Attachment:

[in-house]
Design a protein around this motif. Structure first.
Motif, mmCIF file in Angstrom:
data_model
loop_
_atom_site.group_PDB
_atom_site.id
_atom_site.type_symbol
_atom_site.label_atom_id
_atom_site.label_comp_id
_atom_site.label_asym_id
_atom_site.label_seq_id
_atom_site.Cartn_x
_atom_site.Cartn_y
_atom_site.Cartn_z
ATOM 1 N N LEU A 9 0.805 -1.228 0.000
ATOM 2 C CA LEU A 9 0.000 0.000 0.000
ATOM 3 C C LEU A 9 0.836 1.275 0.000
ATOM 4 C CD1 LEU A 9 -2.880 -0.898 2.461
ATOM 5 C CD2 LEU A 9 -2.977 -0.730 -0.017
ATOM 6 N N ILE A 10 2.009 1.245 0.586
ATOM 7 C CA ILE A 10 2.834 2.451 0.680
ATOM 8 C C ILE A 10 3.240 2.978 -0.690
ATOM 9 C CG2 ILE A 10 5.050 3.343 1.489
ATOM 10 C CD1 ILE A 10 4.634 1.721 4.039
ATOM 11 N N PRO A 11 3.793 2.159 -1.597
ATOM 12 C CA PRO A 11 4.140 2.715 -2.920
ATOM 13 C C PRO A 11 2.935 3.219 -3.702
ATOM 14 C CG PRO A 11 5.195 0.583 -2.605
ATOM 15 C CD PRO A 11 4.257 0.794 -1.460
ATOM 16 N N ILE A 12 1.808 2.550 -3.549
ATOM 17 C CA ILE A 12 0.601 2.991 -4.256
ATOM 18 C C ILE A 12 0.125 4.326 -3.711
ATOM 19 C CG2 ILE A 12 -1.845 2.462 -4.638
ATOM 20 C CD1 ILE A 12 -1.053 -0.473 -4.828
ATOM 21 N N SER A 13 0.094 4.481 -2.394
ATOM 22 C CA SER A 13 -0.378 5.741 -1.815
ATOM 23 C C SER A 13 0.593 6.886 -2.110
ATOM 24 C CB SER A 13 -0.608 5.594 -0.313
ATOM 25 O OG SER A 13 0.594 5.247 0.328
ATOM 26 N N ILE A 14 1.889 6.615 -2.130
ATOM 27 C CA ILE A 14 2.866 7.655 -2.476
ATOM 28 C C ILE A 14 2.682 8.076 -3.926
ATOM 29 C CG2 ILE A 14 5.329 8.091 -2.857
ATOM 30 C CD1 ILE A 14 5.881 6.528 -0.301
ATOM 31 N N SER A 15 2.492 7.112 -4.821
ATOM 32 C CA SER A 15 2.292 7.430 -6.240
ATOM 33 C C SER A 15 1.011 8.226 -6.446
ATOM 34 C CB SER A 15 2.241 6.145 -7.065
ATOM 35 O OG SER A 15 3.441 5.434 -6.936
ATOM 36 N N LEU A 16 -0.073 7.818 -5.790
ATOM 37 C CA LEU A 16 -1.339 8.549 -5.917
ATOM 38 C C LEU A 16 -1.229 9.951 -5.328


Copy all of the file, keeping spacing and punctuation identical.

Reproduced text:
[in-house]
Design a protein around this motif. Structure first.
Motif, mmCIF file in Angstrom:
data_model
loop_
_atom_site.group_PDB
_atom_site.id
_atom_site.type_symbol
_atom_site.label_atom_id
_atom_site.label_comp_id
_atom_site.label_asym_id
_atom_site.label_seq_id
_atom_site.Cartn_x
_atom_site.Cartn_y
_atom_site.Cartn_z
ATOM 1 N N LEU A 9 0.805 -1.228 0.000
ATOM 2 C CA LEU A 9 0.000 0.000 0.000
ATOM 3 C C LEU A 9 0.836 1.275 0.000
ATOM 4 C CD1 LEU A 9 -2.880 -0.898 2.461
ATOM 5 C CD2 LEU A 9 -2.977 -0.730 -0.017
ATOM 6 N N ILE A 10 2.009 1.245 0.586
ATOM 7 C CA ILE A 10 2.834 2.451 0.680
ATOM 8 C C ILE A 10 3.240 2.978 -0.690
ATOM 9 C CG2 ILE A 10 5.050 3.343 1.489
ATOM 10 C CD1 ILE A 10 4.634 1.721 4.039
ATOM 11 N N PRO A 11 3.793 2.159 -1.597
ATOM 12 C CA PRO A 11 4.140 2.715 -2.920
ATOM 13 C C PRO A 11 2.935 3.219 -3.702
ATOM 14 C CG PRO A 11 5.195 0.583 -2.605
ATOM 15 C CD PRO A 11 4.257 0.794 -1.460
ATOM 16 N N ILE A 12 1.808 2.550 -3.549
ATOM 17 C CA ILE A 12 0.601 2.991 -4.256
ATOM 18 C C ILE A 12 0.125 4.326 -3.711
ATOM 19 C CG2 ILE A 12 -1.845 2.462 -4.638
ATOM 20 C CD1 ILE A 12 -1.053 -0.473 -4.828
ATOM 21 N N SER A 13 0.094 4.481 -2.394
ATOM 22 C CA SER A 13 -0.378 5.741 -1.815
ATOM 23 C C SER A 13 0.593 6.886 -2.110
ATOM 24 C CB SER A 13 -0.608 5.594 -0.313
ATOM 25 O OG SER A 13 0.594 5.247 0.328
ATOM 26 N N ILE A 14 1.889 6.615 -2.130
ATOM 27 C CA ILE A 14 2.866 7.655 -2.476
ATOM 28 C C ILE A 14 2.682 8.076 -3.926
ATOM 29 C CG2 ILE A 14 5.329 8.091 -2.857
ATOM 30 C CD1 ILE A 14 5.881 6.528 -0.301
ATOM 31 N N SER A 15 2.492 7.112 -4.821
ATOM 32 C CA SER A 15 2.292 7.430 -6.240
ATOM 33 C C SER A 15 1.011 8.226 -6.446
ATOM 34 C CB SER A 15 2.241 6.145 -7.065
ATOM 35 O OG SER A 15 3.441 5.434 -6.936
ATOM 36 N N LEU A 16 -0.073 7.818 -5.790
ATOM 37 C CA LEU A 16 -1.339 8.549 -5.917
ATOM 38 C C LEU A 16 -1.229 9.951 -5.328